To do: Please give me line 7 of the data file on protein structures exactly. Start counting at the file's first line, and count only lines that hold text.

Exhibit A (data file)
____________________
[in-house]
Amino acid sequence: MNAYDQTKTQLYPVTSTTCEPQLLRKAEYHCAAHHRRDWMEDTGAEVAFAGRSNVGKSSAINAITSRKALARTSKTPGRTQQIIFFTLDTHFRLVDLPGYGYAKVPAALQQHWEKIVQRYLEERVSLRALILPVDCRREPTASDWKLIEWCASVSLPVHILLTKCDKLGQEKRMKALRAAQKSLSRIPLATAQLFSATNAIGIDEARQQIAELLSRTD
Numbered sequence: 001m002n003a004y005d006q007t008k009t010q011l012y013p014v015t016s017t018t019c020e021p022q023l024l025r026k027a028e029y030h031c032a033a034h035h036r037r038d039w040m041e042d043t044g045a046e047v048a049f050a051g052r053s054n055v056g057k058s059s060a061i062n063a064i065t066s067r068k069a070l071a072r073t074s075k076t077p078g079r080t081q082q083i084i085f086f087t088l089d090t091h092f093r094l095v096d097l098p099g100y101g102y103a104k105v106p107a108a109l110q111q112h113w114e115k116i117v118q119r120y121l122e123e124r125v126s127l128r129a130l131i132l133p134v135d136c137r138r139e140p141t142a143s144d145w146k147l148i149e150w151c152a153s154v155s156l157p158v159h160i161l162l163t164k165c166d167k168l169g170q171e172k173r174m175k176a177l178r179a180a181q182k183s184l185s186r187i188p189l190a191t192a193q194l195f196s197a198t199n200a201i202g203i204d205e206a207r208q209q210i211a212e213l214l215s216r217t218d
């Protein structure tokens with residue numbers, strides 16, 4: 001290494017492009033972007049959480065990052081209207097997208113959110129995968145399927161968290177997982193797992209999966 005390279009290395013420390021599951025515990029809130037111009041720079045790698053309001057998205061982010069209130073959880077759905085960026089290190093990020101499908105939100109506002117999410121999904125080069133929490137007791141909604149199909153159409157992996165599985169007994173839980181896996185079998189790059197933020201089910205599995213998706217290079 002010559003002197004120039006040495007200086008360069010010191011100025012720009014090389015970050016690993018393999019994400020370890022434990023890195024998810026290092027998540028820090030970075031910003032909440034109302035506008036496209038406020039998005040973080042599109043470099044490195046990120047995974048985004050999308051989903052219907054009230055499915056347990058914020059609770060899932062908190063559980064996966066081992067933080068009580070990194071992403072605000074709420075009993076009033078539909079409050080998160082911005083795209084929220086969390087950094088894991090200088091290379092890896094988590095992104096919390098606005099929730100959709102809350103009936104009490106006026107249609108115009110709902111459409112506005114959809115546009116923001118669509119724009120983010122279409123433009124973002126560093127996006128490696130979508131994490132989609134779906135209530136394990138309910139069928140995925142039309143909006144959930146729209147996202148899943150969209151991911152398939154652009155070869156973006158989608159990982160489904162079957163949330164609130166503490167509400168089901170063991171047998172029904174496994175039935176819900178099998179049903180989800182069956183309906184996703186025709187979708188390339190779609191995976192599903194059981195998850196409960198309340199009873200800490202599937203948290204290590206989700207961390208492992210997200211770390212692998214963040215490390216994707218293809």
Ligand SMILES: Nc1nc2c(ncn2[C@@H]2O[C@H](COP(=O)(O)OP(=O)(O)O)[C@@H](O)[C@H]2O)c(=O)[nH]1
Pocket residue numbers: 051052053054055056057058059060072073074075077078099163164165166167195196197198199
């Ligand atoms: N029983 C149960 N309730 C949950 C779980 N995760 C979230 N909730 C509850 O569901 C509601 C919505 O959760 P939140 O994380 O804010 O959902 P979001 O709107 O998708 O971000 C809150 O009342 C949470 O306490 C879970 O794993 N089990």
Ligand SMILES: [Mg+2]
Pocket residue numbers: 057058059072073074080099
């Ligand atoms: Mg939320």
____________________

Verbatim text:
């Ligand atoms: N029983 C149960 N309730 C949950 C779980 N995760 C979230 N909730 C509850 O569901 C509601 C919505 O959760 P939140 O994380 O804010 O959902 P979001 O709107 O998708 O971000 C809150 O009342 C949470 O306490 C879970 O794993 N089990």